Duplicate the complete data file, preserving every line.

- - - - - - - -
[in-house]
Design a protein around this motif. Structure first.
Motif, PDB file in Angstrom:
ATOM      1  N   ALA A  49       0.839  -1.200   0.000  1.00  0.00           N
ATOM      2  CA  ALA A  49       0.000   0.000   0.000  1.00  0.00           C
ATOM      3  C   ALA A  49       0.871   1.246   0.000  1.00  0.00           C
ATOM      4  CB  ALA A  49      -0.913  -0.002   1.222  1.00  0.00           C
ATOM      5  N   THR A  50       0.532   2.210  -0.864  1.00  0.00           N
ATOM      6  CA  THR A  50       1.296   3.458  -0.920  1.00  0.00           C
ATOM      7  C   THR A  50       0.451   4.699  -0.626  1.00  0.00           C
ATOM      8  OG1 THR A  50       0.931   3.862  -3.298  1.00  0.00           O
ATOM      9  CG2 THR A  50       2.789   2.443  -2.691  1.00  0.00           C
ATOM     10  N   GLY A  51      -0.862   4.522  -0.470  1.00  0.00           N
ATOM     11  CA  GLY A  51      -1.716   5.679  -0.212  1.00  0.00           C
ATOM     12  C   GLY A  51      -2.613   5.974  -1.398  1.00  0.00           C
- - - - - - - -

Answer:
[in-house]
Design a protein around this motif. Structure first.
Motif, PDB file in Angstrom:
ATOM      1  N   ALA A  49       0.839  -1.200   0.000  1.00  0.00           N
ATOM      2  CA  ALA A  49       0.000   0.000   0.000  1.00  0.00           C
ATOM      3  C   ALA A  49       0.871   1.246   0.000  1.00  0.00           C
ATOM      4  CB  ALA A  49      -0.913  -0.002   1.222  1.00  0.00           C
ATOM      5  N   THR A  50       0.532   2.210  -0.864  1.00  0.00           N
ATOM      6  CA  THR A  50       1.296   3.458  -0.920  1.00  0.00           C
ATOM      7  C   THR A  50       0.451   4.699  -0.626  1.00  0.00           C
ATOM      8  OG1 THR A  50       0.931   3.862  -3.298  1.00  0.00           O
ATOM      9  CG2 THR A  50       2.789   2.443  -2.691  1.00  0.00           C
ATOM     10  N   GLY A  51      -0.862   4.522  -0.470  1.00  0.00           N
ATOM     11  CA  GLY A  51      -1.716   5.679  -0.212  1.00  0.00           C
ATOM     12  C   GLY A  51      -2.613   5.974  -1.398  1.00  0.00           C